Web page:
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The Cask of Amontillado Review

The Cask of Amontillado Review

The Cask of Amontillado by Edgar Allan Poe

 

This short story by horror legend and genius, Poe, is perfect for Halloween.

 

The story takes place in Italy during Festival time. Our main character, Montresor, is offended by the insults his friend, Fortunato, has given to him and wants to kill him for revenge. Montresor draws a plan so brilliant and vicious that it has your heart racing the entire time. Montresor tricks his friend into thinking he bought a casket of a rare, tasteful wine, which Montresor has stored in the catacombs.

 

 

When Montresor has reached the place where he will kill Fortunato, a niche in the wall, Montresor tells Fortunato:

 

"Pass your hand," I said, "over the wall; you cannot help feeling the nitre. Indeed it is very damp. Once more let me implore you to return. No? Then I must positively leave you. But I must first render you all the little attentions in my power."

 

 

In Montresor’s words you clearly distinguish the urge Montresor possesses. Montresor starts building the wall, brick by brick, but then Fortunato’s drunkenness wears off and he lets out:

 

“A succession of loud and shrill screams, bursting suddenly from the throat of the chained form, seemed to thrust me violently back.”

 

And as odd as this story already is, Montresor:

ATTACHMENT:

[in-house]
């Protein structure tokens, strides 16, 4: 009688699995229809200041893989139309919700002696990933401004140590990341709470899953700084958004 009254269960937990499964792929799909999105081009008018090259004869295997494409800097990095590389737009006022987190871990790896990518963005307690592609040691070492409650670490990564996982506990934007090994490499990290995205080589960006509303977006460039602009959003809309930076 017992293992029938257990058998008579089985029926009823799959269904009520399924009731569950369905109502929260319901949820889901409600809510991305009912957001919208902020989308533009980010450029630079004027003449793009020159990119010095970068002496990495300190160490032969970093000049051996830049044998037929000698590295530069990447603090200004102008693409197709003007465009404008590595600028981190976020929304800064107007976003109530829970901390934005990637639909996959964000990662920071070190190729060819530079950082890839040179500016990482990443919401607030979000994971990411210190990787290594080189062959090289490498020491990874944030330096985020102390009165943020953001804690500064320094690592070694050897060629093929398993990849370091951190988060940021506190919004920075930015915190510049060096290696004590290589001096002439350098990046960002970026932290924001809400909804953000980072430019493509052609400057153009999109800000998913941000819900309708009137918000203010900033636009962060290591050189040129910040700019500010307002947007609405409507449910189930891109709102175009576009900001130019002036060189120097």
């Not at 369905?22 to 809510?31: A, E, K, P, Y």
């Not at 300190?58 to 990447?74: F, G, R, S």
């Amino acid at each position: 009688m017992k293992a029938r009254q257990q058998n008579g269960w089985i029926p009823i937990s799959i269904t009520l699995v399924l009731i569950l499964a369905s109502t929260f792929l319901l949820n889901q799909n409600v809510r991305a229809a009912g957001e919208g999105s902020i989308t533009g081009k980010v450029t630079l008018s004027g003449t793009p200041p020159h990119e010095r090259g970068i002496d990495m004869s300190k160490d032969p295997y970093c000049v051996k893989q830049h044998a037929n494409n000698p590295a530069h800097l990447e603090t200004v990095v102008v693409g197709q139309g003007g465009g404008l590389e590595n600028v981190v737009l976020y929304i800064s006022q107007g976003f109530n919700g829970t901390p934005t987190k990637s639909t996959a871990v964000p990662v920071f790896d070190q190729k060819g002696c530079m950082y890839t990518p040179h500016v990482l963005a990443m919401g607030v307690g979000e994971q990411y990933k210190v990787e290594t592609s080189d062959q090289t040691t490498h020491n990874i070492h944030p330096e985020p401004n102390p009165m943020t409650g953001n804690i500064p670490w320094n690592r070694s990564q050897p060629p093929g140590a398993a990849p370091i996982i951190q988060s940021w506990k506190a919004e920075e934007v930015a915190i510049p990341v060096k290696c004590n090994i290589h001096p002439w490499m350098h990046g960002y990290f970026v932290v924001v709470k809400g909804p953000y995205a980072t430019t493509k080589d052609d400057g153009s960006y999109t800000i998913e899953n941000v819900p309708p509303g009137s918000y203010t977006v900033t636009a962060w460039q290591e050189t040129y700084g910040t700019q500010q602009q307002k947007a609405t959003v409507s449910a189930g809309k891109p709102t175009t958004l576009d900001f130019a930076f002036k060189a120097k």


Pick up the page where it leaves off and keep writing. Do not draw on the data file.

“I replied to the yells of him who clamoured. Ireëchoed--I aided--I surpassed them in volume and in strength. I did this, and the clamourer grew still.”

 

Montresor continues building the wall. Until there is a single brick to be lastly put in, Fortunato speaks:

 

"Ha! ha! ha!--he! he! he!--a very good joke indeed--an excellent jest. We will have many a rich laugh about it at the palazzo--he! he! he!--over our wine--he! he! he!"

 

He thinks it is a joke! This character is clearly being murdered, trapped, and he starts to laugh. I found this truly astonishing and hilarious.

 

Montresor then calls for Fortunato again but he does not reply. Montresor plasters the last brick into place, and the last thing you hear of Fortunato is a jingle of bells.

 

 

I have read Poe’s works before, The Black Cat, Masque of the Red Death, etc. But the Cask of Amontillado has definitely become a favorite. The story was pure genius and has the perfect amount of eeriness, mental illness, betrayal, and creepy setting. If you have not read it yet please do yourself a favor and read it.  Thank you to Ms. Hannigan for introducing, not only me, but the entire freshman class to this story.

 

 

 

 

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